Facebook Inc. is scheduled to announce its second-quarter earnings after the market closes Wednesday. Here is what you need to know:
EARNINGS FORECAST: Facebook is expected to report quarterly earnings per share of $1.12, up from 71 cents a year ago. In May, Facebook said it would only provide key financial metrics based on generally accepted accounting principles, following the path of Alphabet Inc. Previously, Facebook also reported non-GAAP figures, which excluded stock-based compensation and other expenses.
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REVENUE FORECAST: Analysts predict Facebook will report quarterly revenue of $9.2 billion, up 43% from the prior year's $6.4 billion.
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SHRINKING GROWTH, RISING COSTS: Last year, Facebook warned that it would stop squeezing more ads in users' news feeds in mid-2017, at which point ad revenue growth would shrink "meaningfully." At the same time, Facebook also plans to spend as much as 50% more in 2017 on building new data centers, recruiting new engineers and content moderators, and buying original content. Investors will want a sharper picture of what the one-two punch of slowing ad growth and rising costs will do to Facebook's bottom line. Macquarie Research expects Facebook's ad revenue growth in 2017 will shrink to 36% while operating expenses will rise 44%.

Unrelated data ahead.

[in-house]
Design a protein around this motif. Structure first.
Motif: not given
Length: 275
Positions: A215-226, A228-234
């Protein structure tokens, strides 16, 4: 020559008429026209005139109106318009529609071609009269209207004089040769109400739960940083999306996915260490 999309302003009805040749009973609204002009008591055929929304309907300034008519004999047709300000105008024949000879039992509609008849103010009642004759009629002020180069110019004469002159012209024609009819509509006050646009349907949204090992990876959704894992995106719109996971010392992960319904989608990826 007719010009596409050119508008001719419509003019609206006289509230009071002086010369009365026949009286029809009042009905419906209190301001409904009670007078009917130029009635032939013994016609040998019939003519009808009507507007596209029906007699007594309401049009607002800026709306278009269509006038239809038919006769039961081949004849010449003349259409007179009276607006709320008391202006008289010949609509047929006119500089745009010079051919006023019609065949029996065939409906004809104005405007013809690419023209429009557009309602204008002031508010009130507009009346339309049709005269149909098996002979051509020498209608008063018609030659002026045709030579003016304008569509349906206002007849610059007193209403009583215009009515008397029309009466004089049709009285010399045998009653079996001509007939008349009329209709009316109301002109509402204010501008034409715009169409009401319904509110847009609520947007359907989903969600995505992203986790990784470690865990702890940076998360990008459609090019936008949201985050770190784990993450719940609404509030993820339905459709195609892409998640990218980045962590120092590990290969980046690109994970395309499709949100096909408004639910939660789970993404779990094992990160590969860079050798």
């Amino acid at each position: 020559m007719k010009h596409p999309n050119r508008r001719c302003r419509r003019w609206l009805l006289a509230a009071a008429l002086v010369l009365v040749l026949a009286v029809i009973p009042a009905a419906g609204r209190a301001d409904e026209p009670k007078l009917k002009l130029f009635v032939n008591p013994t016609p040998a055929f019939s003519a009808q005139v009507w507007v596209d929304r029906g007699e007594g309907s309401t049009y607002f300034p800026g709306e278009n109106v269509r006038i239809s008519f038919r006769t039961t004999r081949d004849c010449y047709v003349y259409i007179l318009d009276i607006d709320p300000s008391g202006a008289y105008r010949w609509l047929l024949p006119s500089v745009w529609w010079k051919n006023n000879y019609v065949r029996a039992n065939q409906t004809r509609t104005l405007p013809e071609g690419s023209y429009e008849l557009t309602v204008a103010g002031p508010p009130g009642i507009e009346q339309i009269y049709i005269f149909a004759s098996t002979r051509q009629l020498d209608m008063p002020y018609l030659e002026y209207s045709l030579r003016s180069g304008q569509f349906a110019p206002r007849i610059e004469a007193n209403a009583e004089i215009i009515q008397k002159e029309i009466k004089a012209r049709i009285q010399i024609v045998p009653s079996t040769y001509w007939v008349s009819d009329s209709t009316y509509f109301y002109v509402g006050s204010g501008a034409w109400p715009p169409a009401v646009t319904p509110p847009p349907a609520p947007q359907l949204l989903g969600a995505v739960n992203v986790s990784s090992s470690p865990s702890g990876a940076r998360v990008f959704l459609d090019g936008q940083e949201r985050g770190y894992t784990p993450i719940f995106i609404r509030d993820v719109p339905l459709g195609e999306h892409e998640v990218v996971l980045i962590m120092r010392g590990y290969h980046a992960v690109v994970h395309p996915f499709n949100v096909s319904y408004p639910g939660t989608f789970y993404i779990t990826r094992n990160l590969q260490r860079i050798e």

NEW AREAS OF AD GROWTH: Investors are eager for details about Facebook's growth plans beyond the news feed. "It increasingly feels like Facebook is under some pressure to find its next leg of growth," said MoffettNathanson analyst Michael Nathanson in a recent note. Facebook has made some moves on that front. This month, it started showing ads in its Messenger chat app and testing ads in Marketplace, a Craigslist-like feature in the core Facebook app. Facebook has also been testing "ad breaks" in the middle of Facebook videos and ramping up ads in its photo-sharing app Instagram. But analysts say it remains to be seen if these new ads can command news-feed level prices.
VIDEO-FIRST: A year ago, Chief Executive Mark Zuckerberg said Facebook was on its way to becoming "video-first." Nearly all its product teams are incorporating video across Facebook's features and apps; Facebook also is on the hunt for TV-quality original programming for its video tab and has indicated it could spend up to $3 million an episode in some cases. Analysts want to know how much Facebook is spending on video right now, its importance to the company's bottom line and the size of the future opportunity.
Write to Deepa Seetharaman at Deepa.Seetharaman@wsj.com
(END) Dow Jones Newswires
July 26, 2017 06:14 ET (10:14 GMT)